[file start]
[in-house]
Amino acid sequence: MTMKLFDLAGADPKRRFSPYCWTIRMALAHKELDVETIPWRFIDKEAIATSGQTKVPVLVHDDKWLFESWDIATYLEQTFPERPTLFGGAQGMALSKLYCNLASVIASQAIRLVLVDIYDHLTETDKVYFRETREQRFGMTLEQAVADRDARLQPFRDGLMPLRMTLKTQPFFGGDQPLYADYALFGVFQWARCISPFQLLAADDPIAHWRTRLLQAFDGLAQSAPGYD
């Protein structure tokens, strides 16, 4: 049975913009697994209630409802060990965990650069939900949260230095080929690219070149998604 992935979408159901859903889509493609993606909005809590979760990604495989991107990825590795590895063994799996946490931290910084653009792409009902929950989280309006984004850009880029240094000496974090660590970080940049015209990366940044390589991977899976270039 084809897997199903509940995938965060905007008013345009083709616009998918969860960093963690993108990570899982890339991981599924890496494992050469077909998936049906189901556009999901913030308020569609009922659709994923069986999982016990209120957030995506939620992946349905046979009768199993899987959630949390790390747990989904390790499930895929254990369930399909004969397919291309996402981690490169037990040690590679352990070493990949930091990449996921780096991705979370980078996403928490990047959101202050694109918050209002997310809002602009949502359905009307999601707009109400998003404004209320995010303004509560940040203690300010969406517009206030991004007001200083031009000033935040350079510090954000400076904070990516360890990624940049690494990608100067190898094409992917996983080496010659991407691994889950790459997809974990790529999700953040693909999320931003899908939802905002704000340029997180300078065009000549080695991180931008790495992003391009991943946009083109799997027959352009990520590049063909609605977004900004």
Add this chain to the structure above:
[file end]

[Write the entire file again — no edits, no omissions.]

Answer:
[in-house]
Amino acid sequence: MTMKLFDLAGADPKRRFSPYCWTIRMALAHKELDVETIPWRFIDKEAIATSGQTKVPVLVHDDKWLFESWDIATYLEQTFPERPTLFGGAQGMALSKLYCNLASVIASQAIRLVLVDIYDHLTETDKVYFRETREQRFGMTLEQAVADRDARLQPFRDGLMPLRMTLKTQPFFGGDQPLYADYALFGVFQWARCISPFQLLAADDPIAHWRTRLLQAFDGLAQSAPGYD
């Protein structure tokens, strides 16, 4: 049975913009697994209630409802060990965990650069939900949260230095080929690219070149998604 992935979408159901859903889509493609993606909005809590979760990604495989991107990825590795590895063994799996946490931290910084653009792409009902929950989280309006984004850009880029240094000496974090660590970080940049015209990366940044390589991977899976270039 084809897997199903509940995938965060905007008013345009083709616009998918969860960093963690993108990570899982890339991981599924890496494992050469077909998936049906189901556009999901913030308020569609009922659709994923069986999982016990209120957030995506939620992946349905046979009768199993899987959630949390790390747990989904390790499930895929254990369930399909004969397919291309996402981690490169037990040690590679352990070493990949930091990449996921780096991705979370980078996403928490990047959101202050694109918050209002997310809002602009949502359905009307999601707009109400998003404004209320995010303004509560940040203690300010969406517009206030991004007001200083031009000033935040350079510090954000400076904070990516360890990624940049690494990608100067190898094409992917996983080496010659991407691994889950790459997809974990790529999700953040693909999320931003899908939802905002704000340029997180300078065009000549080695991180931008790495992003391009991943946009083109799997027959352009990520590049063909609605977004900004």
Add this chain to the structure above: